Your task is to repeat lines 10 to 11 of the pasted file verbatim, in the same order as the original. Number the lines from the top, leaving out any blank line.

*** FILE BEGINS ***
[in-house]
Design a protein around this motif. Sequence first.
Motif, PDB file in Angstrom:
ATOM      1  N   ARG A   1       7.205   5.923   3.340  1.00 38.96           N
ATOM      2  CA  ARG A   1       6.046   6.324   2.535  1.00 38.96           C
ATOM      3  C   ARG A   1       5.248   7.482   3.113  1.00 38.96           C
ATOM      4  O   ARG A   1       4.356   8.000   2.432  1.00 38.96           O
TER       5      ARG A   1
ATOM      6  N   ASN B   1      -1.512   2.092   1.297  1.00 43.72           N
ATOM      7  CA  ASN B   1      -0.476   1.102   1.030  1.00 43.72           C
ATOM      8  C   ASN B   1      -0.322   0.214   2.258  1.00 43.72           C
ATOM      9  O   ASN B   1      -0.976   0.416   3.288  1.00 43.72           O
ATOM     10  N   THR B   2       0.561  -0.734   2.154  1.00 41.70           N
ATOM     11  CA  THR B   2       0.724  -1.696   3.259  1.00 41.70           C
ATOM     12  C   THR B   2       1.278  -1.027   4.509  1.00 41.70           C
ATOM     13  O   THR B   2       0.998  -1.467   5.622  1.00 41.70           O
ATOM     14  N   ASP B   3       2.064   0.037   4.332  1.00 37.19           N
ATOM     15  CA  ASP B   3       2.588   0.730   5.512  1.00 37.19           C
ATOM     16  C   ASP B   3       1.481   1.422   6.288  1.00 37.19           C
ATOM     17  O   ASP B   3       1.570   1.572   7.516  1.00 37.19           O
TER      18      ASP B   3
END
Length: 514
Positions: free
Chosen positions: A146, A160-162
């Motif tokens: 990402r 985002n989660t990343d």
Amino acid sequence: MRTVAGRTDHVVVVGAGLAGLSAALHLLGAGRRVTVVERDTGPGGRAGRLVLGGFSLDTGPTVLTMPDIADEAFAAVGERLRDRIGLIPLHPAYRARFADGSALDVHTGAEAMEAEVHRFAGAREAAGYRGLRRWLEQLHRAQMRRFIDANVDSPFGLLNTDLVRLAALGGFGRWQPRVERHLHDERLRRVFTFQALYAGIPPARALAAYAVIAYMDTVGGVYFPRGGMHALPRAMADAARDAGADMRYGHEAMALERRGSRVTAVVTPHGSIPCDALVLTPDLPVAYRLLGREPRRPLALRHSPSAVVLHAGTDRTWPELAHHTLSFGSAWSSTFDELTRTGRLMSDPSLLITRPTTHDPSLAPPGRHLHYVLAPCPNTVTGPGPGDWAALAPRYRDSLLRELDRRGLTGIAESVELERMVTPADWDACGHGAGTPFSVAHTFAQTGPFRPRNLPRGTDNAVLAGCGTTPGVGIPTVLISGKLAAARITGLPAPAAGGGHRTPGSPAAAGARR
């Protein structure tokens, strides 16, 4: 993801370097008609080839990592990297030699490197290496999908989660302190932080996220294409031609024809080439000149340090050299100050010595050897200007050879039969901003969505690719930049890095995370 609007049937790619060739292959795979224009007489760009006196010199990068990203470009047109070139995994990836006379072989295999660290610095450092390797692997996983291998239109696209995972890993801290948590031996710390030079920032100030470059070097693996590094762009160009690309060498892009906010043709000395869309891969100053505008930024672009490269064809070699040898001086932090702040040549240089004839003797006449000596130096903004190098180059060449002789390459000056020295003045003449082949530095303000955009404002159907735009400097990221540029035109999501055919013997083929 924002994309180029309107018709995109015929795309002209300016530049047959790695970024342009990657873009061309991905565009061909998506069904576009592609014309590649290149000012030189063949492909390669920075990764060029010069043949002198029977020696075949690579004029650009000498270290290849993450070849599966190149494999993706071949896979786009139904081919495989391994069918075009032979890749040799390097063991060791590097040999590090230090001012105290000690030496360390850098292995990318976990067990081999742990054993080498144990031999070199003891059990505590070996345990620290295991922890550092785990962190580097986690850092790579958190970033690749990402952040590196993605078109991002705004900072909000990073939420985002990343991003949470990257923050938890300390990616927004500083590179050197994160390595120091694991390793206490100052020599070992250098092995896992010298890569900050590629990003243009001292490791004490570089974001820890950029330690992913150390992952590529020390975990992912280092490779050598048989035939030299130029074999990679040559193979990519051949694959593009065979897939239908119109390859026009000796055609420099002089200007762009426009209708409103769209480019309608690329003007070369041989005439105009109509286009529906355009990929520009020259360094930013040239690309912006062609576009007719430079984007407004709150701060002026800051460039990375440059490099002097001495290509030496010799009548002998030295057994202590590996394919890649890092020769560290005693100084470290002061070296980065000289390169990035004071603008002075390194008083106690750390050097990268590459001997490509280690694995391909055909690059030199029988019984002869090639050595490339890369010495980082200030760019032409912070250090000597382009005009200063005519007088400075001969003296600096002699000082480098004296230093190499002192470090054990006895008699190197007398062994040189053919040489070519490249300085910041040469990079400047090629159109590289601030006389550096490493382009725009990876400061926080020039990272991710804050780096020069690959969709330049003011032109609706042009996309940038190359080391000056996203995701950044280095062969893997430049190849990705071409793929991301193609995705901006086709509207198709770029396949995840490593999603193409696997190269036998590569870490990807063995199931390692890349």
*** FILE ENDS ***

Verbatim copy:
ATOM      7  CA  ASN B   1      -0.476   1.102   1.030  1.00 43.72           C
ATOM      8  C   ASN B   1      -0.322   0.214   2.258  1.00 43.72           C